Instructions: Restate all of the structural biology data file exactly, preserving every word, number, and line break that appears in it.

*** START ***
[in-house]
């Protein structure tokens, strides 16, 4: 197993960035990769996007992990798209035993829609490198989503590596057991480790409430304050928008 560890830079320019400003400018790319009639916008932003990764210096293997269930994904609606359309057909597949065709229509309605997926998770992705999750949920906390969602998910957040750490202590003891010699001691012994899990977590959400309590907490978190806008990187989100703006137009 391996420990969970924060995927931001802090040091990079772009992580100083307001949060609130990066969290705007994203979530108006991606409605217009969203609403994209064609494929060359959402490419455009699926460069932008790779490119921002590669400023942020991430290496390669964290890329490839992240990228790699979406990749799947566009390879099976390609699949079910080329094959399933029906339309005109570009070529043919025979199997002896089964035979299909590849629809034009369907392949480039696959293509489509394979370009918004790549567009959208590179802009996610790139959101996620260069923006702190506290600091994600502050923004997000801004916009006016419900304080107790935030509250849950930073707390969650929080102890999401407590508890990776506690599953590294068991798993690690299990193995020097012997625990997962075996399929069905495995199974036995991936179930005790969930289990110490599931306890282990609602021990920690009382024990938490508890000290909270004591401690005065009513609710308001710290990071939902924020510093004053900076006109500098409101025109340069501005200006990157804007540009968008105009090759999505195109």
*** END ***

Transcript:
[in-house]
């Protein structure tokens, strides 16, 4: 197993960035990769996007992990798209035993829609490198989503590596057991480790409430304050928008 560890830079320019400003400018790319009639916008932003990764210096293997269930994904609606359309057909597949065709229509309605997926998770992705999750949920906390969602998910957040750490202590003891010699001691012994899990977590959400309590907490978190806008990187989100703006137009 391996420990969970924060995927931001802090040091990079772009992580100083307001949060609130990066969290705007994203979530108006991606409605217009969203609403994209064609494929060359959402490419455009699926460069932008790779490119921002590669400023942020991430290496390669964290890329490839992240990228790699979406990749799947566009390879099976390609699949079910080329094959399933029906339309005109570009070529043919025979199997002896089964035979299909590849629809034009369907392949480039696959293509489509394979370009918004790549567009959208590179802009996610790139959101996620260069923006702190506290600091994600502050923004997000801004916009006016419900304080107790935030509250849950930073707390969650929080102890999401407590508890990776506690599953590294068991798993690690299990193995020097012997625990997962075996399929069905495995199974036995991936179930005790969930289990110490599931306890282990609602021990920690009382024990938490508890000290909270004591401690005065009513609710308001710290990071939902924020510093004053900076006109500098409101025109340069501005200006990157804007540009968008105009090759999505195109």